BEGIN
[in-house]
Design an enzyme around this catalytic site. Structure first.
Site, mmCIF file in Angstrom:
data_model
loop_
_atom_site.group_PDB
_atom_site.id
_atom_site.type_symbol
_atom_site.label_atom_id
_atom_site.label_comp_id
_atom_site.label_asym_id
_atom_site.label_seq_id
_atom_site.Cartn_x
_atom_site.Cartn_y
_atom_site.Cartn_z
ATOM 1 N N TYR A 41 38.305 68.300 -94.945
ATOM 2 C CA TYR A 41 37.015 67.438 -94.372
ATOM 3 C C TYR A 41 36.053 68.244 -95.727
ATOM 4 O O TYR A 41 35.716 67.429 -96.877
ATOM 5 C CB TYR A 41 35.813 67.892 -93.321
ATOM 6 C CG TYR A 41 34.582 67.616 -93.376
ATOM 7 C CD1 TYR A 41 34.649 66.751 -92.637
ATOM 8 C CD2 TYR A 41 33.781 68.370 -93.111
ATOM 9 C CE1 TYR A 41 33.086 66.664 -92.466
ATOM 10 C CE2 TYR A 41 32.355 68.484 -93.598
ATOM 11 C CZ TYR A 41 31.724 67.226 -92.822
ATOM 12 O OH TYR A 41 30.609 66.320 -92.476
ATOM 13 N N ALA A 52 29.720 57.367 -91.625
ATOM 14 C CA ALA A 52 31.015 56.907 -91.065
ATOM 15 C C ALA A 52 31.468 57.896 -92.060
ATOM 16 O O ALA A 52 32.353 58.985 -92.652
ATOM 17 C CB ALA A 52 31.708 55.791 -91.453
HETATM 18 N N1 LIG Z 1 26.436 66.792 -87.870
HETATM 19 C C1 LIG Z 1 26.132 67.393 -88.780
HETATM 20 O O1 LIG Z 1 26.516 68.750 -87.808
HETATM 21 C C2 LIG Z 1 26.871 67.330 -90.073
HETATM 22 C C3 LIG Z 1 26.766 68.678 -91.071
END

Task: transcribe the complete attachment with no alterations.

[in-house]
Design an enzyme around this catalytic site. Structure first.
Site, mmCIF file in Angstrom:
data_model
loop_
_atom_site.group_PDB
_atom_site.id
_atom_site.type_symbol
_atom_site.label_atom_id
_atom_site.label_comp_id
_atom_site.label_asym_id
_atom_site.label_seq_id
_atom_site.Cartn_x
_atom_site.Cartn_y
_atom_site.Cartn_z
ATOM 1 N N TYR A 41 38.305 68.300 -94.945
ATOM 2 C CA TYR A 41 37.015 67.438 -94.372
ATOM 3 C C TYR A 41 36.053 68.244 -95.727
ATOM 4 O O TYR A 41 35.716 67.429 -96.877
ATOM 5 C CB TYR A 41 35.813 67.892 -93.321
ATOM 6 C CG TYR A 41 34.582 67.616 -93.376
ATOM 7 C CD1 TYR A 41 34.649 66.751 -92.637
ATOM 8 C CD2 TYR A 41 33.781 68.370 -93.111
ATOM 9 C CE1 TYR A 41 33.086 66.664 -92.466
ATOM 10 C CE2 TYR A 41 32.355 68.484 -93.598
ATOM 11 C CZ TYR A 41 31.724 67.226 -92.822
ATOM 12 O OH TYR A 41 30.609 66.320 -92.476
ATOM 13 N N ALA A 52 29.720 57.367 -91.625
ATOM 14 C CA ALA A 52 31.015 56.907 -91.065
ATOM 15 C C ALA A 52 31.468 57.896 -92.060
ATOM 16 O O ALA A 52 32.353 58.985 -92.652
ATOM 17 C CB ALA A 52 31.708 55.791 -91.453
HETATM 18 N N1 LIG Z 1 26.436 66.792 -87.870
HETATM 19 C C1 LIG Z 1 26.132 67.393 -88.780
HETATM 20 O O1 LIG Z 1 26.516 68.750 -87.808
HETATM 21 C C2 LIG Z 1 26.871 67.330 -90.073
HETATM 22 C C3 LIG Z 1 26.766 68.678 -91.071